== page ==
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Trump's home county and other Democratic strongholds ramp up vote-by-mail

The moves in swing-state Florida could encourage GOP state leaders to do the same.
Image: Mail-in Vote, election
Empty envelopes of opened vote-by-mail ballots for the presidential primary are stacked on a table at the King County elections office in Renton, Wash., on March 10, 2020.Jason Redmond / AFP - Getty Images file

WASHINGTON — President Donald Trump's home county in Florida is planning to send vote-by-mail request forms to all of its voters, adding it to the list of Democratic population centers in swing states that have taken steps to expand ballot access during the coronavirus crisis.

Miami-Dade and Broward counties, as well as Palm Beach County, where Trump is registered to vote at his Mar-a-Lago Club, all plan to send vote-by-mail request forms to their voters. The three neighboring South Florida counties together account for more than a quarter of the electorate in the critical battleground state.

In Wisconsin, another key swing state, the Milwaukee Common Council voted unanimously Tuesday night to send absentee ballot applications and postage-paid return envelopes to all registered voters in the city after the state's troubled election this month may have infected some voters with the coronavirus, according to the Milwaukee Journal Sentinel.

State laws typically bar counties from sending absentee ballots to voters who have not requested them, so sending request forms is the next best thing.

Democrats across the country have been pushing to expand voting by mail in response to the COVID-19 pandemic ahead of the November election, but they have run into GOP opposition.

Trump has led the charge, claiming without evidence that mail ballots "cheat," even though he himself requested an absentee ballot from Palm Beach County to vote in Florida's March 17 presidential primary.

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Palm Beach County Supervisor of Elections Wendy Sartory Link, who was initially appointed to the position by Republican Gov. Ron DeSantis, told NBC News that her goal in sending request forms to every voter has nothing to do with politics.

"My goal is to get as many voters to vote in every election as possible, and if people are uncomfortable doing that in person, the best answer is to send a vote-by-mail request," she said.

She said voting by mail is safe and secure, despite what her county's most famous voter claims. "It's something that the president feels secure enough with that he voted with it himself, notwithstanding what his other comments may have been," she said.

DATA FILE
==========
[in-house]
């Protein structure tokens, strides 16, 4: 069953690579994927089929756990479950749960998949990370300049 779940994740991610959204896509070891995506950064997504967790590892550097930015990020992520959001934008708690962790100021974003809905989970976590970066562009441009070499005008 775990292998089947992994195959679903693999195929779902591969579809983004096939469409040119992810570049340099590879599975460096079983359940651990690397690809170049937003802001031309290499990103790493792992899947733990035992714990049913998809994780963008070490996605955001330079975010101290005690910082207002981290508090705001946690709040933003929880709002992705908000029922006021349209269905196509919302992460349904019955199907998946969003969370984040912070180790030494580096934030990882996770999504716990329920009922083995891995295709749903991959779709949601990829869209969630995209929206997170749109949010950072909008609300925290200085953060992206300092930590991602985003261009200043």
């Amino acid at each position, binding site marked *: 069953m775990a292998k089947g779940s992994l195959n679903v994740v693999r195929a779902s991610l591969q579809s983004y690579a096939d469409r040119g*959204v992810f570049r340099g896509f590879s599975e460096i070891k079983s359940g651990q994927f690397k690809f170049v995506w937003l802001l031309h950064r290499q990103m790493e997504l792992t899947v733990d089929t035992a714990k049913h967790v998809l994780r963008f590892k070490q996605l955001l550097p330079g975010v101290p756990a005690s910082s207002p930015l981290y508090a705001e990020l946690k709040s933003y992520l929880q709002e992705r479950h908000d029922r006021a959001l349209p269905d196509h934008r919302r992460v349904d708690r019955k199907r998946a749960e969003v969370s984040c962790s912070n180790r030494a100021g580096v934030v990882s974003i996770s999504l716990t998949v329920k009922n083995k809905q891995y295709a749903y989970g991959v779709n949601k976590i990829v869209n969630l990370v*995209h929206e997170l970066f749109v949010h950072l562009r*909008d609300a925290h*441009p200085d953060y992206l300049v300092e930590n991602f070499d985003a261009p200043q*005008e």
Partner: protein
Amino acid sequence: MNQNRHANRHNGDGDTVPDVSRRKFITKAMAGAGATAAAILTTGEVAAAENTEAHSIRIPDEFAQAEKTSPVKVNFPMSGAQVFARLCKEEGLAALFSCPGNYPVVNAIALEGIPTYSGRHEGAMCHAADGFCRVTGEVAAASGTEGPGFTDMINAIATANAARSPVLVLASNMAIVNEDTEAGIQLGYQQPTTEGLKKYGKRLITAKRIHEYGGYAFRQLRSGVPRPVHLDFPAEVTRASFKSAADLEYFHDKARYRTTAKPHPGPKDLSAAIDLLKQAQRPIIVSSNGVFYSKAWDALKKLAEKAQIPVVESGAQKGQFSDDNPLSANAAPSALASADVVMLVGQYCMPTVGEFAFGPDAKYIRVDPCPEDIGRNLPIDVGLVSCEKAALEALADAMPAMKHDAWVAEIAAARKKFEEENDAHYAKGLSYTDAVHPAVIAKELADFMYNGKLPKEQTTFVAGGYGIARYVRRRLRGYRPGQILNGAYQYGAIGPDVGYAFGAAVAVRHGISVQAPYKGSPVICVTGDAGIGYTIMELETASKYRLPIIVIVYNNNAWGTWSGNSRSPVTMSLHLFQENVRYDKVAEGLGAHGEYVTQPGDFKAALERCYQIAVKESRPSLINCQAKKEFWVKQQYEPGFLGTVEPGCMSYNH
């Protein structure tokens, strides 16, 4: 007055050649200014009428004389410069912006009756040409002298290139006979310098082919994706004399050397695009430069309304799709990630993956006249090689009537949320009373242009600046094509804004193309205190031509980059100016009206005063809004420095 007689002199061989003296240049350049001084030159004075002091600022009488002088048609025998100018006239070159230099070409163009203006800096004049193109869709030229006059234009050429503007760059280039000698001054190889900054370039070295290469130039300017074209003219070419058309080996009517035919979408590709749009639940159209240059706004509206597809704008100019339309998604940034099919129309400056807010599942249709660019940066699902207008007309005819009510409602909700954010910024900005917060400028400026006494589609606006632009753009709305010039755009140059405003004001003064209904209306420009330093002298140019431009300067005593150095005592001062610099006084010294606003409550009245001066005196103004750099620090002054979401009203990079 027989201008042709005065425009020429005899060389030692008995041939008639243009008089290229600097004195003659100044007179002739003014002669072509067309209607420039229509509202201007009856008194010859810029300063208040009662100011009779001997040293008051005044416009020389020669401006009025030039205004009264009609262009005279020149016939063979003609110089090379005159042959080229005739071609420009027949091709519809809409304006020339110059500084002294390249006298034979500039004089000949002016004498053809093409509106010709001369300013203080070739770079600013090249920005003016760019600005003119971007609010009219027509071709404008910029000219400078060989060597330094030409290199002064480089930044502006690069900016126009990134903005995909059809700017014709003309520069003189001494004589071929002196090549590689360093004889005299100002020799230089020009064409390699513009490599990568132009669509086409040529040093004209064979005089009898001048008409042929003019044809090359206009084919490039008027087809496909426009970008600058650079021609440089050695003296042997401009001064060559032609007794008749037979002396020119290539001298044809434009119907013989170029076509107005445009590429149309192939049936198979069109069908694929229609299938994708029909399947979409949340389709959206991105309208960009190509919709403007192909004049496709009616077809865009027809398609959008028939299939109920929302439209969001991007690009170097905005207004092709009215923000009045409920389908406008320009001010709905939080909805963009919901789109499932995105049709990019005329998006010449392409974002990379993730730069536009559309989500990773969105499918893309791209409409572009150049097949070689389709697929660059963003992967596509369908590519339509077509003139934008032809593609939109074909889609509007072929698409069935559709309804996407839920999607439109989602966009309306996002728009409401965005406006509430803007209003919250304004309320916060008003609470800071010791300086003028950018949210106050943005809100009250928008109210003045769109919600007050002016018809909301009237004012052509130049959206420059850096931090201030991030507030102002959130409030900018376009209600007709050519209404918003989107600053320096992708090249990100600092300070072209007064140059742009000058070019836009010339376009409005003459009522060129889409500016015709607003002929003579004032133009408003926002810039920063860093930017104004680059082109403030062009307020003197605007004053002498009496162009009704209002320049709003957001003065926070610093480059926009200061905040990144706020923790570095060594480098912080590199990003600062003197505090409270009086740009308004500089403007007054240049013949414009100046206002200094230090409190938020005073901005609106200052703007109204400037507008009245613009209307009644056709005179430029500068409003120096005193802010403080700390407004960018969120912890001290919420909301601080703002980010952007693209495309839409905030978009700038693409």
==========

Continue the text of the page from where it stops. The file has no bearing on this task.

The moves in Florida's three biggest counties and Wisconsin's biggest city could encourage GOP state leaders to expand voting by mail themselves to even the playing field between the heavily Democratic urban centers and Republican-friendly territory.

"If Democratic-leaning municipalities in close states make voting easier for the people living in those municipalities, then it's likely to lead to more Democratic votes statewide. In close states, that could make all the difference," said Josh Chafetz, a Cornell University Law School professor who studies constitutional law.

Republicans in state legislatures could respond to the moves, Chafetz said, either by trying to pass laws stripping cities of the ability to make voting easier or by making voting easier everywhere, "so as to make it easier for Republicans to vote, as well."

The first option probably wouldn't work in Wisconsin — along with other swing states, like Pennsylvania, North Carolina and Michigan, if cities there take similar moves — because it has a Democratic governor who could veto the Republican-controlled Legislature.

"So in many cases, the second option will be the most likely outcome, which means that voting-protective measures by a few cities could make voting easier for everyone in the entire state," Chafetz added.

There's some precedent for that.

In 2018, when the county that includes Seattle moved to provide a postage-paid return envelope to every voter in the liberal county, state officials responded by deciding to send postage-paid envelopes to voters everywhere in the state after Republicans and others raised objections about uneven treatment.

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"My concern is that you start treating voters differently," Republican Secretary of State Kim Wyman said at the time. "You are now giving one-third of the voters in our state the ability to return their ballot free, and the other two-thirds don't have that option."

Florida already allows anyone to vote by mail, and just under 30 percent of ballots were cast by mail in the 2016 presidential election. Volusia County, home to Daytona Beach, held an election entirely by mail last year to decide whether to impose a sales tax increase.

Wisconsin also allows anyone to vote absentee, but only a relatively small number of people have taken advantage of it until this month's election, when over half of all ballots were returned by mail.